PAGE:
Students should know the purpose (function) of many of the systems. As students learn more about how the systems work (function), they will notice links (connection) between them. Finally, they will use function and connection knowledge of the body systems to explain ways of taking care of ourselves (responsibility). 


This week fourth graders created a model of the circulatory system using both classes. One class formed the structure of the system while the other class moved through the system as blood. The learning intention was to understand the function of the circulatory system.

You will know that your daughter was successful if she is able to explain the flow of blood through the heart, to the lungs, back to the heart, through blood vessels and around the body and back to the heart. She should be able to identify significant points in the circulation such as where red blood cells picks up oxygen and where they exchange oxygen for carbon dioxide.




Other systems we are focusing on include the nervous system, the respiratory system, the digestive system, the skeletal system, the muscular system and the immune system.

Monday, November 14, 2016

Exploration Through Dance

Explorers can be found in many walks of life.  In dance we find many dancers who have pushed the limits of the current thinking to create a new way of thinking about dance. 

Learning Objectives:
The goal of this unit was to view the work of "dance explorers" and in turn create something new and unique through a dance exploration.

Explanation of Learning Engagement: Students learned about the life of Martha Graham and her ballet collaboration with Aaron Copland and Isamu Noguchi.  Her ballet  "Appalachian Spring" was a revolutionary piece that's still being performed today. Students watched the original performance and responded by exploring some of the dance concepts. 


By exploring and connecting two different elements, such as relationships and levels, students discovered ways to create something new.  Students also learned to read and write about their dances using dance symbols called "labanotation" created by Rudolf Laban.

In this video, you can see their work after receiving peer feedback.

They will spend a little more time polishing their work, adding more expression, body extension, and opportunities for group formations.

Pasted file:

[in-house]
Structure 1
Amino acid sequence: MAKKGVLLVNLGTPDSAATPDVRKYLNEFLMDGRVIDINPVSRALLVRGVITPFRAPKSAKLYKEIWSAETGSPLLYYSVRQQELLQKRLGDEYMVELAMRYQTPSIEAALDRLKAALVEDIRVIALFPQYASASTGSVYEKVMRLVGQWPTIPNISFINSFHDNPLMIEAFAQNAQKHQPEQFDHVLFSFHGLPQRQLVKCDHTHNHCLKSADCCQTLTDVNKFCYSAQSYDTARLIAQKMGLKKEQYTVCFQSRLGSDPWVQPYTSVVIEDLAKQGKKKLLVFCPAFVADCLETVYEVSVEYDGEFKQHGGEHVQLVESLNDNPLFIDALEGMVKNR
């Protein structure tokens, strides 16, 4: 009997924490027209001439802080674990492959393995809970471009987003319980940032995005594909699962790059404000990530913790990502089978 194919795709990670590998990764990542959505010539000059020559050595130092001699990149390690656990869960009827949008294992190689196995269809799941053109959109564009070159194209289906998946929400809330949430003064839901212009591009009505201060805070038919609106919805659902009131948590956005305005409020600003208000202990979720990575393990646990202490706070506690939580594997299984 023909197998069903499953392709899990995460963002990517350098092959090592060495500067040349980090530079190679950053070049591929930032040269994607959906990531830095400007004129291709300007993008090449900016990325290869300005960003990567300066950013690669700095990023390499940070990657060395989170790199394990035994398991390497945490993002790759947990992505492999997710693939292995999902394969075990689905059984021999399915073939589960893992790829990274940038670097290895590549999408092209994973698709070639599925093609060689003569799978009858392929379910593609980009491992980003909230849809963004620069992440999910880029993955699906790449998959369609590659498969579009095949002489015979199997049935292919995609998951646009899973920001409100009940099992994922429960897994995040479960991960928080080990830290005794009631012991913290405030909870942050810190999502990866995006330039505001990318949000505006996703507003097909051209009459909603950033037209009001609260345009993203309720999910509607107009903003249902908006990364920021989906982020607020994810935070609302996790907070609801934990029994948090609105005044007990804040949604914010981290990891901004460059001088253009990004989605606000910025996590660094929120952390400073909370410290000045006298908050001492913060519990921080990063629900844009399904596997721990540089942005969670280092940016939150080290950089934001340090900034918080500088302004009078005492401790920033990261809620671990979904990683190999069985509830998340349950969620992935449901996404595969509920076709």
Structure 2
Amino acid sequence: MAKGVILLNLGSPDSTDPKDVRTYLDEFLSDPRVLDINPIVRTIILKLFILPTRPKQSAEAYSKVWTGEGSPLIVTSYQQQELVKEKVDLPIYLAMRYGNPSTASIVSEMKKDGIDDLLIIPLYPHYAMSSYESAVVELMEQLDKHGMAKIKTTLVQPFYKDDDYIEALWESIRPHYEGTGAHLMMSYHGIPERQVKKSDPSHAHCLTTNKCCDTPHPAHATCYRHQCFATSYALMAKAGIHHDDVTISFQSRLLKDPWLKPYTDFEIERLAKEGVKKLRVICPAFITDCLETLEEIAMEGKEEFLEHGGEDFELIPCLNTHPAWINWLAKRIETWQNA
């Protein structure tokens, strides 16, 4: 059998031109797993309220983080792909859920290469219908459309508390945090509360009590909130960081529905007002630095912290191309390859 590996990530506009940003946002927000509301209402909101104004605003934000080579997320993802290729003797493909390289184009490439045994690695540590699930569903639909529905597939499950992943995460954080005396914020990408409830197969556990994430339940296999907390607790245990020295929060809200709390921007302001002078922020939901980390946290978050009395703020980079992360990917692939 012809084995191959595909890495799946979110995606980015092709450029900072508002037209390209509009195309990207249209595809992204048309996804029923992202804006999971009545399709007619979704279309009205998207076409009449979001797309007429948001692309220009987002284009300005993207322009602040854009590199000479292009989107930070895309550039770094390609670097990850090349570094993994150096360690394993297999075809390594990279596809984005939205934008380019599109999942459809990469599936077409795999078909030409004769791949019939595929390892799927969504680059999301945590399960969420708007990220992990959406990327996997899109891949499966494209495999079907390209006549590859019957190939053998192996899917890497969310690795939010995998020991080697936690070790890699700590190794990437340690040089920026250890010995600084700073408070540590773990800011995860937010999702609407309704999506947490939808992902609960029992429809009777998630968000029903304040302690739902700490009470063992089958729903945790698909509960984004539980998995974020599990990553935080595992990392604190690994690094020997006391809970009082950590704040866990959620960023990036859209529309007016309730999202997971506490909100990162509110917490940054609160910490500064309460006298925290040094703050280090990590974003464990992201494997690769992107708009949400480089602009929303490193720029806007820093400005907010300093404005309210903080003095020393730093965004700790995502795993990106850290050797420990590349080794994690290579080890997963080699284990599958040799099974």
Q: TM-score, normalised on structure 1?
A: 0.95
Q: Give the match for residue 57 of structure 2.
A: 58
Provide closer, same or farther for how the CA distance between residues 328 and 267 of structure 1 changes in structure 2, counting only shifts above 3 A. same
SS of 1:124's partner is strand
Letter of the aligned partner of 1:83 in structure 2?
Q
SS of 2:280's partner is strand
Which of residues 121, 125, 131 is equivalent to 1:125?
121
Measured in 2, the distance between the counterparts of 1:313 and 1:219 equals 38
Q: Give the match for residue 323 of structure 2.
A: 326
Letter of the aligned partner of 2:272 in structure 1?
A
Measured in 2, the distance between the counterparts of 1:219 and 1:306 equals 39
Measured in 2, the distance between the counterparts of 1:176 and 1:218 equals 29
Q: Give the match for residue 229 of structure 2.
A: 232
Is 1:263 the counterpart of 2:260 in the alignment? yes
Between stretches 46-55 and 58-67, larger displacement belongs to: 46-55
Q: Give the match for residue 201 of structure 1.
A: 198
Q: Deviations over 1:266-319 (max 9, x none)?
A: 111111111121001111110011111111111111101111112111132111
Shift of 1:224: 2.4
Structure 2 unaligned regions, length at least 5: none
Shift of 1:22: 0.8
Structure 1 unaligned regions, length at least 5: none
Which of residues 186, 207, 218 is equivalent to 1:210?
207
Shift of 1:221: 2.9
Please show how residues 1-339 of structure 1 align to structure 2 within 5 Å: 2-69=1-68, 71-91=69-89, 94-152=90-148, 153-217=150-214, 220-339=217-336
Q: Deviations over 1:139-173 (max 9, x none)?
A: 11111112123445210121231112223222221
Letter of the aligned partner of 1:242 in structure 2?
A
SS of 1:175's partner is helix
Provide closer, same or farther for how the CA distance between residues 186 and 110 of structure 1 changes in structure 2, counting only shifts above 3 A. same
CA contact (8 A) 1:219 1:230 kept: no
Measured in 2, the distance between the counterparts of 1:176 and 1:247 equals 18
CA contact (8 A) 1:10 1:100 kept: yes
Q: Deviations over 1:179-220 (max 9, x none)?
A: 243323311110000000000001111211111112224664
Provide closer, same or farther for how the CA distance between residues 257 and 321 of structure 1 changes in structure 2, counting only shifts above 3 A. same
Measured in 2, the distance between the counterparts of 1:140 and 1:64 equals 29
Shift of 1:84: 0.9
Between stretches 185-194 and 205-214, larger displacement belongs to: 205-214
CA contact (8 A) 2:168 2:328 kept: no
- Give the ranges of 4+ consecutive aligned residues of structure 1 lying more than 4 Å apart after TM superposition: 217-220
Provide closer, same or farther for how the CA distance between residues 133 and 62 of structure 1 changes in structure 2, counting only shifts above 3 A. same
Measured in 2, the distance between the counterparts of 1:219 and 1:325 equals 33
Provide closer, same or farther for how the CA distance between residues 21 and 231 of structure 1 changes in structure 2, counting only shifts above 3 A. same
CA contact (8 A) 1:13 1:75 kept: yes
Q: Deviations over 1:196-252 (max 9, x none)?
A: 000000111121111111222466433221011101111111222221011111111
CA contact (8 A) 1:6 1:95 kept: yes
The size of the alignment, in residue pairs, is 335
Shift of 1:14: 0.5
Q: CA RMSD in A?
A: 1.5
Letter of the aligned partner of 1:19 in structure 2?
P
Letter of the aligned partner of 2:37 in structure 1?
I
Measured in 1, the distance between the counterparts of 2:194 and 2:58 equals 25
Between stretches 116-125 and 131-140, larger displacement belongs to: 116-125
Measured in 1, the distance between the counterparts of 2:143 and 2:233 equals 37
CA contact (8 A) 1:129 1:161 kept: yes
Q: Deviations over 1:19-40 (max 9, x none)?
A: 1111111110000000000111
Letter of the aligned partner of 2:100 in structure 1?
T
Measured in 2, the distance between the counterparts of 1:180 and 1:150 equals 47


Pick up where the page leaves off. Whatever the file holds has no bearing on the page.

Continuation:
Thursday, November 10, 2016

Refugees International Japan Concert

Last night, fourth graders participated in a benefit concert at St. Mary's International School for the nonprofit, Refugees International Japan. In addition to our fourth graders, Seisen students from third grade, fifth grade and the high school participated. Other performers included groups from the British School and from St. Mary's International School.

A few weeks prior to the concert, representatives from Refugees International Japan gave a presentation to the fourth graders about the mission of their organization. Taking action by raising funds for their projects is a great way for students to start tuning into the big ideas present in our third unit of inquiry: Rules, Rights and Responsibilities.

During the Rules, Rights and Responsibilities unit, fourth graders will inquire more into human rights, including children's rights.











Video of the concert will also be available here:
http://www.seisen.com/student-life/live-broadcasting/concert-archive/index.aspx



Friday, November 4, 2016

Publishing Party!

    Fourth graders developed their skills as writers during our first Narrative writing unit this year. After working vigorously through the writing process, collecting ideas and drafting; fourth graders picked their favorite draft to develop, edit and publish.


    The fourth graders got into groups where they celebrated each other's writing. They listened to each other's stories and gave compliments about the techniques used such as dialogue, "show don't tell" and powerful leads. They also asked questions related to how they pushed through the challenging parts of the writing process. 

               

                     
Everyone was very excited to share their stories and celebrate the effort and creativity that went into writing some excellent narratives.